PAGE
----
Volunteers flocked to a Harborough care home to create a community garden for the enjoyment of residents.
The ‘Elderberries’ project was carried out at Lenthall House, off Western Avenue.
Adrian Trotter, chairman of the Harborough and Bowdens Charity, described the idea as “pure genius”.
He added: “Our charity is very impressed with this project – volunteers working alongside vulnerable people towards better health and wellbeing.”
The project was the idea of David Palmer, pioneer minister attached to St Dionysius Church in the town.
He began looking at the needs of older people living alone about two years ago, and his first venture was Tea at Three – a monthly tea gathering, which has proved very successful.
Then, as chaplain to Lenthall House, he saw a way of using the home’s grounds, some of it overgrown, to create a space that would benefit the residents and give them contact with local volunteers.
He said: “With help from the Harborough and Bowdens Charity and other smaller donations, not to mention the physical labour of a number of volunteers, we are creating both a courtyard sensory garden, and an area of fruit trees and flowers, with raised beds for growing organic vegetables.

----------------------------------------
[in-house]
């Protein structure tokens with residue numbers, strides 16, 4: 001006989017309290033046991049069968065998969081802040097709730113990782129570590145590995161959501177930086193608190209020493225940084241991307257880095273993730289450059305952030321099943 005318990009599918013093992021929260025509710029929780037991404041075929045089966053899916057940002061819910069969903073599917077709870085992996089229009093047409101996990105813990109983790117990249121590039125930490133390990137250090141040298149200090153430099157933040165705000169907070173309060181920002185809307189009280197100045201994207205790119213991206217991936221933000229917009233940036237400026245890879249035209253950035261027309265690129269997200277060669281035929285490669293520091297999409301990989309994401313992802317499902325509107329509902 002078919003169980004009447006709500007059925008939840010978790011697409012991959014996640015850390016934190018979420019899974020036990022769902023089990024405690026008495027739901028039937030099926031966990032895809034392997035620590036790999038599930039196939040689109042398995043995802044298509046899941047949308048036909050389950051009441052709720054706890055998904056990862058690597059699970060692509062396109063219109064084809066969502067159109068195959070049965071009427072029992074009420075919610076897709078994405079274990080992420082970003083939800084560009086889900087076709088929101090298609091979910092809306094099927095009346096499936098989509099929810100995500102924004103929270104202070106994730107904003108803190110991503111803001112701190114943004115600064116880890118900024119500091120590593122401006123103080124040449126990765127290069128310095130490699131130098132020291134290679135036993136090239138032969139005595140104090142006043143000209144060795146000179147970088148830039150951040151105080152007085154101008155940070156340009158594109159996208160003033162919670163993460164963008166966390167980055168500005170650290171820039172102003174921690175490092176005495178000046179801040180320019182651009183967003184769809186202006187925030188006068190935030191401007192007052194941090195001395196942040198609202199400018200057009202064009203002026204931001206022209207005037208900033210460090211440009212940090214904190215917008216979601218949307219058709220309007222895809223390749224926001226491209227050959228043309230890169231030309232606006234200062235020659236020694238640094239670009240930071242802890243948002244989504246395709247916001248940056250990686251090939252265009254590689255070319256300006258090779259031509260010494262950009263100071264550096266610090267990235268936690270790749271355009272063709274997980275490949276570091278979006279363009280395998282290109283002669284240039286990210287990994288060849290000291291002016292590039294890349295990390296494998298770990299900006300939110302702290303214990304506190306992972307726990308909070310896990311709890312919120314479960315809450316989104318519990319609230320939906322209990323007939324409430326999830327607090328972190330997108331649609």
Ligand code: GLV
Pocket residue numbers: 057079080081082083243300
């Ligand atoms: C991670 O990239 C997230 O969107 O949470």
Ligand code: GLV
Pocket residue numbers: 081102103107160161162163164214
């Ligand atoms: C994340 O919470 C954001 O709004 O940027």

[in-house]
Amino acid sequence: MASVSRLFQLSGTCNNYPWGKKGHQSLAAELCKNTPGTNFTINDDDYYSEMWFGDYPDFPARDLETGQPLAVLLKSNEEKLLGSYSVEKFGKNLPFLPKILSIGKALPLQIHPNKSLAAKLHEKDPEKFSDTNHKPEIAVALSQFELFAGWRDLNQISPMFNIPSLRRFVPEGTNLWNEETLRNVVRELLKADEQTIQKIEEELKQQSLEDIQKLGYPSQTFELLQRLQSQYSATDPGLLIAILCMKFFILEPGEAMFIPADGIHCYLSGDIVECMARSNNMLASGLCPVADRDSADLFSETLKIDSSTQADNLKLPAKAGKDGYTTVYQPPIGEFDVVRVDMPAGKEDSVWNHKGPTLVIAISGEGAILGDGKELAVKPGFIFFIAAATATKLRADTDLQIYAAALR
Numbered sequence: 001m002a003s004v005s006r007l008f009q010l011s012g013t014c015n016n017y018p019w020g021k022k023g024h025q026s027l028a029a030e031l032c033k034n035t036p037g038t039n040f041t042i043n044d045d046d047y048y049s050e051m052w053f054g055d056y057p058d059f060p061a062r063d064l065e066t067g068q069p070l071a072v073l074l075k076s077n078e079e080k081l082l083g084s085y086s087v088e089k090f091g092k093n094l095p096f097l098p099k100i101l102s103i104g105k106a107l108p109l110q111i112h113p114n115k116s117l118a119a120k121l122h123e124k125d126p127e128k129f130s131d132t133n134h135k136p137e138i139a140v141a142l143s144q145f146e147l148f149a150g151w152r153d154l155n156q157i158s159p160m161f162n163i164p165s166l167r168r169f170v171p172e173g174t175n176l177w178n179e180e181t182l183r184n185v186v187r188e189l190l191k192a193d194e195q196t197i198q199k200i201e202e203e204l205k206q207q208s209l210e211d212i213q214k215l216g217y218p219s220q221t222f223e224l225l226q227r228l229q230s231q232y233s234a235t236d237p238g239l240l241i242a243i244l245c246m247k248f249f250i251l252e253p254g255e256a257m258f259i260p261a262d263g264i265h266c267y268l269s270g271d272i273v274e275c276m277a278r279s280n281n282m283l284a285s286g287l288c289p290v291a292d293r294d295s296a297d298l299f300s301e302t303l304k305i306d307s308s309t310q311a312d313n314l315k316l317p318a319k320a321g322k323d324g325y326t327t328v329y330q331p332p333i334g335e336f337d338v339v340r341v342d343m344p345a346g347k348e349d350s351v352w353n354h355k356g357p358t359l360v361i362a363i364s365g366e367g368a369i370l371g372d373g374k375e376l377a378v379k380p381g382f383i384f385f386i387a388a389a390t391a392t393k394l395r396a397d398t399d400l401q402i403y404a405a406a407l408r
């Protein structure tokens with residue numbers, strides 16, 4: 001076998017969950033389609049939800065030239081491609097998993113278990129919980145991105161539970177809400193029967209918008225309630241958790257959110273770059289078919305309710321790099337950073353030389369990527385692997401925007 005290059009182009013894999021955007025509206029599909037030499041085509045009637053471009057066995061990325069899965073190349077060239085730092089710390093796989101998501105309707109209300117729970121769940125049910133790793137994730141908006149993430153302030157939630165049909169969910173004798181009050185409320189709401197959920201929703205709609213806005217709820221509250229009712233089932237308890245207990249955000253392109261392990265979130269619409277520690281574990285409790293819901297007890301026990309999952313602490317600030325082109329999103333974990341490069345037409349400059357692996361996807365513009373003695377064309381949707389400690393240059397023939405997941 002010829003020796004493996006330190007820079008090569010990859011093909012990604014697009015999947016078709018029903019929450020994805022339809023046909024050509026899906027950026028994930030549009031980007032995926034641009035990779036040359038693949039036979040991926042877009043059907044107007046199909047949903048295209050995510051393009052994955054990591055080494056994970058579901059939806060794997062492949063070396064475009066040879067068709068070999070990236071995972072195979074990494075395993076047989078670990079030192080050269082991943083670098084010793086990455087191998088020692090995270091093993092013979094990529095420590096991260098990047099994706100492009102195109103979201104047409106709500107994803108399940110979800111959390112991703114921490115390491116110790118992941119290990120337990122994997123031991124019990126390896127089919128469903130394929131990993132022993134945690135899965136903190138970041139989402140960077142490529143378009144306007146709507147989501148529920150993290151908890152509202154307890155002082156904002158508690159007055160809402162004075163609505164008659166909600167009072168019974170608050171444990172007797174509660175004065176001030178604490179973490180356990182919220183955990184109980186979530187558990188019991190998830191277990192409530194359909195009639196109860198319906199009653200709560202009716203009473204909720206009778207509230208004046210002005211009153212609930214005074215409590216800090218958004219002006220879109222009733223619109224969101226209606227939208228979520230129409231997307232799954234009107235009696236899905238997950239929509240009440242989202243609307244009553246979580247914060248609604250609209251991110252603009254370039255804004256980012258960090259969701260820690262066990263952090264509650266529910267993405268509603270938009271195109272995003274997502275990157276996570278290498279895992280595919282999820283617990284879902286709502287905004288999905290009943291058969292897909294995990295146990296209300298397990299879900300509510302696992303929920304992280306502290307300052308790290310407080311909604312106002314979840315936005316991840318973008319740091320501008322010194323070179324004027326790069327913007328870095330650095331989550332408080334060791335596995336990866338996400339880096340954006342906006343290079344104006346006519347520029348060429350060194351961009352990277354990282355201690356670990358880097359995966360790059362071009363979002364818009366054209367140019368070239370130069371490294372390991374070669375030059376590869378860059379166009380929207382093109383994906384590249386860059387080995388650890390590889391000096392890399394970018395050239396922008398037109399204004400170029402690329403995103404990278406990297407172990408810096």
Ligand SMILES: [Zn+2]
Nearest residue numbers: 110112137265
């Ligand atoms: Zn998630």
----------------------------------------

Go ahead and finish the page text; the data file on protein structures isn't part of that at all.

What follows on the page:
“My aim is to get older residents and volunteers of all ages interacting together. As a symbol of that, the fruit trees we have planted are a combination of old Leicestershire varieties and new hybrids.”
A feature of the opening day was a version of the ancient ‘beating of the bounds’ ritual, led by newcomer to the town’s Anglican team, the Rev James Pickersgill. Those attending were invited to walk around Lenthall House, stopping to pray for God to bless the residents, the staff, and the Elderberries project.
Anyone wanting to volunteer or know more about this innovative new project can contact David Palmer on 07505 968767 for more details. Or turn up at Lenthall House any Wednesday afternoon at 2.30pm with suitable footwear and gardening gloves.